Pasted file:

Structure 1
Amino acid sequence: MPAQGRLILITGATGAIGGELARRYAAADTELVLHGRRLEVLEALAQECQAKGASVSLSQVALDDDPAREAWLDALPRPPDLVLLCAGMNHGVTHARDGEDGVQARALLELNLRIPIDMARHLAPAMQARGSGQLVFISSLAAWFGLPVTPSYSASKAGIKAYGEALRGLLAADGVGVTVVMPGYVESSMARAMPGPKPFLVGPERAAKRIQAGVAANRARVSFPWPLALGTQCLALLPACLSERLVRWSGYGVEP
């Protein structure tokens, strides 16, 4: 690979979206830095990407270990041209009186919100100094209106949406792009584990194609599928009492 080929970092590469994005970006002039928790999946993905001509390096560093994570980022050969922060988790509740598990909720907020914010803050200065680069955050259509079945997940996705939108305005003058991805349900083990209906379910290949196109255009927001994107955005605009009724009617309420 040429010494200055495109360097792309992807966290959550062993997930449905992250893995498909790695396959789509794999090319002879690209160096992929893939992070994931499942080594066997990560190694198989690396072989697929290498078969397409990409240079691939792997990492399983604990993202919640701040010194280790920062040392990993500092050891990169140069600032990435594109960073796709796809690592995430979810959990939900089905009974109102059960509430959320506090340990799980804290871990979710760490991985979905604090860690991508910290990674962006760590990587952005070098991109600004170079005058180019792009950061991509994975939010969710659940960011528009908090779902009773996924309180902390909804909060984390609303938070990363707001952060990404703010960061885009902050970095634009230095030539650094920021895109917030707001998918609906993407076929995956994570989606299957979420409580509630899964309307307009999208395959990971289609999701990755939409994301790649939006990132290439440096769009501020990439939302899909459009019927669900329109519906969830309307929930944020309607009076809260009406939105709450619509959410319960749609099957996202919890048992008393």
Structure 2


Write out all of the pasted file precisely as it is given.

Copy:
Structure 1
Amino acid sequence: MPAQGRLILITGATGAIGGELARRYAAADTELVLHGRRLEVLEALAQECQAKGASVSLSQVALDDDPAREAWLDALPRPPDLVLLCAGMNHGVTHARDGEDGVQARALLELNLRIPIDMARHLAPAMQARGSGQLVFISSLAAWFGLPVTPSYSASKAGIKAYGEALRGLLAADGVGVTVVMPGYVESSMARAMPGPKPFLVGPERAAKRIQAGVAANRARVSFPWPLALGTQCLALLPACLSERLVRWSGYGVEP
């Protein structure tokens, strides 16, 4: 690979979206830095990407270990041209009186919100100094209106949406792009584990194609599928009492 080929970092590469994005970006002039928790999946993905001509390096560093994570980022050969922060988790509740598990909720907020914010803050200065680069955050259509079945997940996705939108305005003058991805349900083990209906379910290949196109255009927001994107955005605009009724009617309420 040429010494200055495109360097792309992807966290959550062993997930449905992250893995498909790695396959789509794999090319002879690209160096992929893939992070994931499942080594066997990560190694198989690396072989697929290498078969397409990409240079691939792997990492399983604990993202919640701040010194280790920062040392990993500092050891990169140069600032990435594109960073796709796809690592995430979810959990939900089905009974109102059960509430959320506090340990799980804290871990979710760490991985979905604090860690991508910290990674962006760590990587952005070098991109600004170079005058180019792009950061991509994975939010969710659940960011528009908090779902009773996924309180902390909804909060984390609303938070990363707001952060990404703010960061885009902050970095634009230095030539650094920021895109917030707001998918609906993407076929995956994570989606299957979420409580509630899964309307307009999208395959990971289609999701990755939409994301790649939006990132290439440096769009501020990439939302899909459009019927669900329109519906969830309307929930944020309607009076809260009406939105709450619509959410319960749609099957996202919890048992008393």
Structure 2